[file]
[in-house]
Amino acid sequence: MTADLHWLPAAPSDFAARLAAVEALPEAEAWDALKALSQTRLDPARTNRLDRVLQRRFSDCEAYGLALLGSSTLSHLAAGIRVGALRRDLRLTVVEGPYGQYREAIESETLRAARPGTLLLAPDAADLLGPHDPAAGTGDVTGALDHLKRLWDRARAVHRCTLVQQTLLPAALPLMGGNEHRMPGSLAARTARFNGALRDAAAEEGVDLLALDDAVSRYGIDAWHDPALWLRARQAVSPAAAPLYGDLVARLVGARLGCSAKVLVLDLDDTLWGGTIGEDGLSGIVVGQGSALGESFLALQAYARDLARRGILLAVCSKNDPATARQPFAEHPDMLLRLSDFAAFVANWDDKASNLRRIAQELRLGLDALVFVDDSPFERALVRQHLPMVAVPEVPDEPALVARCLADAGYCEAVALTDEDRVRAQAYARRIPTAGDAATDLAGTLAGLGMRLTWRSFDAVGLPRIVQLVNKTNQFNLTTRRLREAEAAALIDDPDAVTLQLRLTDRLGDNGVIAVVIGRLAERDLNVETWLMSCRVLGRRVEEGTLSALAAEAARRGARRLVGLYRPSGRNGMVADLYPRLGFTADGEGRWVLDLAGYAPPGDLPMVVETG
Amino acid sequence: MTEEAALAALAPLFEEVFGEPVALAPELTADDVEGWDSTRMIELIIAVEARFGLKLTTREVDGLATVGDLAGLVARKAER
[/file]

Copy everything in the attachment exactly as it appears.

[in-house]
Amino acid sequence: MTADLHWLPAAPSDFAARLAAVEALPEAEAWDALKALSQTRLDPARTNRLDRVLQRRFSDCEAYGLALLGSSTLSHLAAGIRVGALRRDLRLTVVEGPYGQYREAIESETLRAARPGTLLLAPDAADLLGPHDPAAGTGDVTGALDHLKRLWDRARAVHRCTLVQQTLLPAALPLMGGNEHRMPGSLAARTARFNGALRDAAAEEGVDLLALDDAVSRYGIDAWHDPALWLRARQAVSPAAAPLYGDLVARLVGARLGCSAKVLVLDLDDTLWGGTIGEDGLSGIVVGQGSALGESFLALQAYARDLARRGILLAVCSKNDPATARQPFAEHPDMLLRLSDFAAFVANWDDKASNLRRIAQELRLGLDALVFVDDSPFERALVRQHLPMVAVPEVPDEPALVARCLADAGYCEAVALTDEDRVRAQAYARRIPTAGDAATDLAGTLAGLGMRLTWRSFDAVGLPRIVQLVNKTNQFNLTTRRLREAEAAALIDDPDAVTLQLRLTDRLGDNGVIAVVIGRLAERDLNVETWLMSCRVLGRRVEEGTLSALAAEAARRGARRLVGLYRPSGRNGMVADLYPRLGFTADGEGRWVLDLAGYAPPGDLPMVVETG
Amino acid sequence: MTEEAALAALAPLFEEVFGEPVALAPELTADDVEGWDSTRMIELIIAVEARFGLKLTTREVDGLATVGDLAGLVARKAER